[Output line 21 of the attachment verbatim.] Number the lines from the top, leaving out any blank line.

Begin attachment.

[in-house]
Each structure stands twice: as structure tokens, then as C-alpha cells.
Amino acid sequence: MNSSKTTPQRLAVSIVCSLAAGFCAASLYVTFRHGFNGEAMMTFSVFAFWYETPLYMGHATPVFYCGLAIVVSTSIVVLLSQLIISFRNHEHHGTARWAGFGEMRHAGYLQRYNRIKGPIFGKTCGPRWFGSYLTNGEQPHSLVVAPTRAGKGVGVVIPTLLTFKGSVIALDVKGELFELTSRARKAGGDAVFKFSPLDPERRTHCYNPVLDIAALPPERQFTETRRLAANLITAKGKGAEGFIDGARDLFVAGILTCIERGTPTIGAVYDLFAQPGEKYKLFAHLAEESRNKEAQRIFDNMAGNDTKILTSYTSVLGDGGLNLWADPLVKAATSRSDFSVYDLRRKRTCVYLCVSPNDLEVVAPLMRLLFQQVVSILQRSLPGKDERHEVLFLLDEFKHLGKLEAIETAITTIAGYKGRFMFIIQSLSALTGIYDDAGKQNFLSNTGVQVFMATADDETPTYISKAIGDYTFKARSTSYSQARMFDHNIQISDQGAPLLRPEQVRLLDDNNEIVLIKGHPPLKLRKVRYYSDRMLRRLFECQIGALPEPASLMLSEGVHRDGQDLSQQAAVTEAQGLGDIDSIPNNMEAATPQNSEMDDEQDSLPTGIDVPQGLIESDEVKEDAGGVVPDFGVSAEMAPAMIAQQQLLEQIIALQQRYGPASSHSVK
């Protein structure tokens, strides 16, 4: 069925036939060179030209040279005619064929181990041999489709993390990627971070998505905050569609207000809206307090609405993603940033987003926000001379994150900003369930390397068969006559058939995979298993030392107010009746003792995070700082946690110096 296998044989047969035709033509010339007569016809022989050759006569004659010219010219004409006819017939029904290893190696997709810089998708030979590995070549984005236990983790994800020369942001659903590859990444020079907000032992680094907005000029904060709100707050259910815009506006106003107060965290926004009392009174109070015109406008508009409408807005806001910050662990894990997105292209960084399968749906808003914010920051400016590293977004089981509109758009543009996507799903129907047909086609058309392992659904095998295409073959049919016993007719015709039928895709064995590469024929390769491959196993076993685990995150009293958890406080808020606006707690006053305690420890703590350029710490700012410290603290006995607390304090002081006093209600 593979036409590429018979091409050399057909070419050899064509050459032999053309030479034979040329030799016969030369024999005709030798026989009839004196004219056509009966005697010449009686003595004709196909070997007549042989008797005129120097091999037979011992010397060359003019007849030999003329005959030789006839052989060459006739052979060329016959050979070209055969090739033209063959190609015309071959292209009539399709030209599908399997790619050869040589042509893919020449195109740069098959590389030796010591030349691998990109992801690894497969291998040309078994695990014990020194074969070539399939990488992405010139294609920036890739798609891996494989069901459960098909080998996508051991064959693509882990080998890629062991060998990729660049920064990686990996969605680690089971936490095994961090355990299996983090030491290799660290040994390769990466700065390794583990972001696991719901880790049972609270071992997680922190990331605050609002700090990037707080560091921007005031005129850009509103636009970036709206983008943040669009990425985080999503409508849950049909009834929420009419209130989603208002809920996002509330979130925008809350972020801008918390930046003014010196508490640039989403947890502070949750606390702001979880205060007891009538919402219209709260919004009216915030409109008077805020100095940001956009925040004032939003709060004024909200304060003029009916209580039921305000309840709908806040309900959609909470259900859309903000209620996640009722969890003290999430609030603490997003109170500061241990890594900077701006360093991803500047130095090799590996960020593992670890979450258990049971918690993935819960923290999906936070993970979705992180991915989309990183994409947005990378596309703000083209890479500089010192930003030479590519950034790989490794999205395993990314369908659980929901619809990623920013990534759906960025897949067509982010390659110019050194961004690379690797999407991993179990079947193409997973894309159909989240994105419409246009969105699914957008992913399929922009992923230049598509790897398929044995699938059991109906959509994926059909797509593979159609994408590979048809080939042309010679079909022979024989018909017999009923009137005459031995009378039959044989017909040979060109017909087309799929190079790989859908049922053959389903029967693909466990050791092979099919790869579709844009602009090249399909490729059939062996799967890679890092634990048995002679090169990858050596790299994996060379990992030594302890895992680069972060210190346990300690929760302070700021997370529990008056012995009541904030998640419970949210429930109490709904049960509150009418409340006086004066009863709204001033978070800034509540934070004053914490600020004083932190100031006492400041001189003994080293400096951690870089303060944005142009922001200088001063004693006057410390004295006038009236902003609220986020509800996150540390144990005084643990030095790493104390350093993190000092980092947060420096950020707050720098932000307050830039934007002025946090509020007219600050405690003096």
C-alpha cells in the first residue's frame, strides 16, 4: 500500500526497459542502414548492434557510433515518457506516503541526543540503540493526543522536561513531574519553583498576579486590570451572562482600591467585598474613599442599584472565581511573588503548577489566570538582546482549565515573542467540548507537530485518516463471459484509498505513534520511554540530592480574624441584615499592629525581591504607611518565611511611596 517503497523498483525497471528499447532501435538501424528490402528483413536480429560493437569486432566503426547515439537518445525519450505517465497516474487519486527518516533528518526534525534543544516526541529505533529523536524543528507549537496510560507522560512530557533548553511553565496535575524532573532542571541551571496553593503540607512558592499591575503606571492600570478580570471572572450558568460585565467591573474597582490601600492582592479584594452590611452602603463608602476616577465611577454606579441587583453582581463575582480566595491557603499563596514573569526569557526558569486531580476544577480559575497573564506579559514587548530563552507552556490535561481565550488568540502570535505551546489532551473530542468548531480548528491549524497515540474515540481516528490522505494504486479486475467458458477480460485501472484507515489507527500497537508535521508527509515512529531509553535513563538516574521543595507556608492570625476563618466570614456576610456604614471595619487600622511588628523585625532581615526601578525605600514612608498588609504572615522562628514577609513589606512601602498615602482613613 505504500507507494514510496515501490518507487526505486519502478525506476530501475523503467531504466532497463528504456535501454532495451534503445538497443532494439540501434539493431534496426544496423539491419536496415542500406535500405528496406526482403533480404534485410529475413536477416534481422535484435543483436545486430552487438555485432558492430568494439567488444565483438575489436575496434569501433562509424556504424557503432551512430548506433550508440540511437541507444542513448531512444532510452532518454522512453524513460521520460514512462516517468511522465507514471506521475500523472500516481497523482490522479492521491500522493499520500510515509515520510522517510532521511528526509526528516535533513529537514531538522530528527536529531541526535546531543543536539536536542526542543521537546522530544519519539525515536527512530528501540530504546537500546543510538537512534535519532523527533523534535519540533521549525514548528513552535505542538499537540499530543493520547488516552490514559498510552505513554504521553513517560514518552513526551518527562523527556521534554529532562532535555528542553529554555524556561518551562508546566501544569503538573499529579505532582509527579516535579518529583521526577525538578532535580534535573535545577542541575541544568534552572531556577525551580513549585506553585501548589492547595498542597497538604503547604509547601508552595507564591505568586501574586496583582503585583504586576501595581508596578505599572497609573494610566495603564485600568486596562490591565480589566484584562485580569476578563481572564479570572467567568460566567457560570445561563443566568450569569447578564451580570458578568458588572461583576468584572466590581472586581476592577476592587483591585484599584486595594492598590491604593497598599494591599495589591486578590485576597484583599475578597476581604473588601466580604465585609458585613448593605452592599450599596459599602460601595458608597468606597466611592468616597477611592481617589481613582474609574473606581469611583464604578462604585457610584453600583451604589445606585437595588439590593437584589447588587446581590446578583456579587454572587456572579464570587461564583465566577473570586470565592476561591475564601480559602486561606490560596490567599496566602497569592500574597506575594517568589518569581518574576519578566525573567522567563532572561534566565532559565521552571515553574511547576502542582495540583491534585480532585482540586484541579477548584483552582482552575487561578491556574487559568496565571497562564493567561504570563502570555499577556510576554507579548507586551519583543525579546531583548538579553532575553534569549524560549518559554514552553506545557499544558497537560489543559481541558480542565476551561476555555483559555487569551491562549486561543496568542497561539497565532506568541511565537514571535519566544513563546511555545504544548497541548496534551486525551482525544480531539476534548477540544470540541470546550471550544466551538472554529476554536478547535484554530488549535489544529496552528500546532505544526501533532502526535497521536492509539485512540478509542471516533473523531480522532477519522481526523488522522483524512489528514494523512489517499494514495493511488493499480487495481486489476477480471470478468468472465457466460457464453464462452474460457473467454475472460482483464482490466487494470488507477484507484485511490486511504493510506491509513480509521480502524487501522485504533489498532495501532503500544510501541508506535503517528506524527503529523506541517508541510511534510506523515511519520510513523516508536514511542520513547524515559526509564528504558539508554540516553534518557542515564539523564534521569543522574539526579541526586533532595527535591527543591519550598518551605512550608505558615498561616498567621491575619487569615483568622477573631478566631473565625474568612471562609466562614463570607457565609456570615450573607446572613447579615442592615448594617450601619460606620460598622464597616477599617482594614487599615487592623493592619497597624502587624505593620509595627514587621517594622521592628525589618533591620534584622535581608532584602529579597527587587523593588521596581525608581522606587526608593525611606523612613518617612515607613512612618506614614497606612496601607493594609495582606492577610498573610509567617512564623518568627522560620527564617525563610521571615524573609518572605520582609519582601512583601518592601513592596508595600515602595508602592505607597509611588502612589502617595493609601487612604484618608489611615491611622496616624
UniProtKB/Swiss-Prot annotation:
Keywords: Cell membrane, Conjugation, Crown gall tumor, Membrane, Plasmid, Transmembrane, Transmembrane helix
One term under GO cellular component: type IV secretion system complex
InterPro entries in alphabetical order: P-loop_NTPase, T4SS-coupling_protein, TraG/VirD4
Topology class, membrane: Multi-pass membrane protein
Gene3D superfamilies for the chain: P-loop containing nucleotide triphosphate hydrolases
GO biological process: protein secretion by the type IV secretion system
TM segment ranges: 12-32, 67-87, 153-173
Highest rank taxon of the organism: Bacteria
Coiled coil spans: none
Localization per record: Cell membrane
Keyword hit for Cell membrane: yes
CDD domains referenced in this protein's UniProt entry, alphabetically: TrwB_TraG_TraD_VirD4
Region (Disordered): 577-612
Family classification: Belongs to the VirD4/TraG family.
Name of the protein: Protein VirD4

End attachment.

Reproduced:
Name of the protein: Protein VirD4